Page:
This Year's Corn Silage Could Dry Down Quick

in situ corn silage starch digestibility rock river
8/20/2021

Picture movie-goers walking into a theater. Those people entering the theater were initially expecting to see a documentary film, but instead, an action movie begins, with surprises, constantly moving targets, and unpredictable scenes. The unexpecting viewers who just made way into the theater may or may not even recognize what hit them. Your corn harvest for silage could play out similarly if your agronomy and harvest crew move slowly this year, like in a drama movie.

In speaking with agronomists, I increasingly recognize the 2021 growing season is unique. This story seems redundant, as 2018 and 2019 were also unique. However, the growing season this year for many has been marked by drought or stress to some extent. The exceptions to this are the Tri-State, northeastern, eastern, and southeastern U.S. regions. But for the other roughly two-thirds of the U.S., growers have experienced drought to some extent.

Indeed, corn is stressed. However, the plant genetics in today’s corn have substantially improved and are more drought tolerant relative to seed genetics a decade ago. The net result is the plants are hanging on and doing okay in most regions, despite the stress incurred to this point. However, in areas such as North and South Dakota and some of Minnesota, corn plants are in worse shape, with many acres being barren. The focal point of this article isn’t the barren fields. The goal is to think about how stressed plants come into silage maturity, and to what extent the kernels develop. Grain fill is being determined for many acres, with corn needing rain to finish the year. For some, rain has come. In general, after speaking with experienced agronomists from South Dakota to Wisconsin, I’m anticipating the silage harvest window to be earlier and possibly shorter in duration this year.

The reason?

Kernels may be smaller and may dry more quickly. This situation would equate to maturity and dry matter advancing more quickly. On this note, we need to pick up discussions with our crop teammates and step up our efforts in walking fields to monitor the corn crop for silage. It’s okay to be a bit early in monitoring, but being late can be detrimental. Missing the ideal whole-plant moisture and kernel maturity window for silage can mean sizable economic losses for the year to follow. With an average high forage and silage diet, a 500-cow dairy will have roughly $250,000 invested in their corn silage after the feed is packed and under plastic. Many don’t fully grasp the economic investment made annually, but our attention should be laser focused on optimizing this investment right now.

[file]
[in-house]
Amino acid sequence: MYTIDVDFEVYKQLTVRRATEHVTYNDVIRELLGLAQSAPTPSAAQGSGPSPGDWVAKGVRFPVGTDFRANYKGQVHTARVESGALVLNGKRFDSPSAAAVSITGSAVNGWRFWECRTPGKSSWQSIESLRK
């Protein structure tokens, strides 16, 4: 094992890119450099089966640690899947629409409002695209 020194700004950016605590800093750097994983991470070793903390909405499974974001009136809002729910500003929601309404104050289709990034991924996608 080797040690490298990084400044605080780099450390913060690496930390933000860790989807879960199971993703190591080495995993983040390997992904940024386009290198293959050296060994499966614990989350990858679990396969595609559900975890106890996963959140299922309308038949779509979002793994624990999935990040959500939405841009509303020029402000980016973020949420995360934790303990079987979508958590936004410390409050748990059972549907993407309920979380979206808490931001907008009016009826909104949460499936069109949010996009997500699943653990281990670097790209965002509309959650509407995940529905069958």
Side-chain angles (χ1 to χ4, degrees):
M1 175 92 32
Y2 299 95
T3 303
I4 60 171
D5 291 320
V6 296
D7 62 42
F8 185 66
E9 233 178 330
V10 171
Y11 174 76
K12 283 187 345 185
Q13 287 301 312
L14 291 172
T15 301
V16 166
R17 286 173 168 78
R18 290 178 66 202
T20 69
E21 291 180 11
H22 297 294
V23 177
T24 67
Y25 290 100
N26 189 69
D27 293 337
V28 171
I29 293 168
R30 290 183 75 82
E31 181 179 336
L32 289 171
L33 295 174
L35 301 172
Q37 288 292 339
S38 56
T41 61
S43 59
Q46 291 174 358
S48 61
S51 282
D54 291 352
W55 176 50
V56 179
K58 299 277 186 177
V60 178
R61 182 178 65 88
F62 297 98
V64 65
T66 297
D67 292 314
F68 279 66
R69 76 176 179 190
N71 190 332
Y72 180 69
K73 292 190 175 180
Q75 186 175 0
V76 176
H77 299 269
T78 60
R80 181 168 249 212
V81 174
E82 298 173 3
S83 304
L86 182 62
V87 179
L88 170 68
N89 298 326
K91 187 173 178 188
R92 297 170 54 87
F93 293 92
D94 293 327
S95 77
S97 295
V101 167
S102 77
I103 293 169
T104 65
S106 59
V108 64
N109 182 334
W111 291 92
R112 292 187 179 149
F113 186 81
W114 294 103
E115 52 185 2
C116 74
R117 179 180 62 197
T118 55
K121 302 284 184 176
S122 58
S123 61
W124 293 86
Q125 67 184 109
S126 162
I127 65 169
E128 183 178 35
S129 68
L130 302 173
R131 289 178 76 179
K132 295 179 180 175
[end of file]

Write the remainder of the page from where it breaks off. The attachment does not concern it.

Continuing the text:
To fully appreciate how silage changes with advancing maturity and dropping moisture, visualize the change in grain digestibility portrayed in the photo to the right. This image details rumen starch digestibility for multiple years of corn silage samples analyzed by Rock River Laboratory. The graphic differentiates silages based upon various dry matter brackets. For example, 30% to 35% dry matter samples are all lumped together. It’s readily apparent that when plants move beyond 35% dry matter (or 65% moisture) corn grain starch digestibility begins dropping off quickly. Lesser rumen starch digestibility equates to less energy, less microbial protein. and potentially lower feed conversion. Stated differently, losing out on starch digestibility will put your dairy in a tougher financial position than your agribusiness may have been in if silage starch digestibility was optimal.

Wrapping up this discussion . . . ensure your agronomist, crop advisers, and your harvest crew are actively advising you as the 2021 harvest ensues. We stand to harvest a valuable crop, potentially even more valuable than discussed earlier due to expensive corn grain on the market. Make extra efforts this year to optimize the value currently standing in the field.

Picture: Corn silage in situ rumen starch digestibility, % of starch digested after 7 hours, for hundreds of thousands of samples analyzed by Rock River Laboratory over the past several years. Courtesy of Rock River Laboratory.

Adapted from John Goeser, Rock River Laboratory, for Hoard’s Dairyman.

Tags: Corn Silage, Forage Quality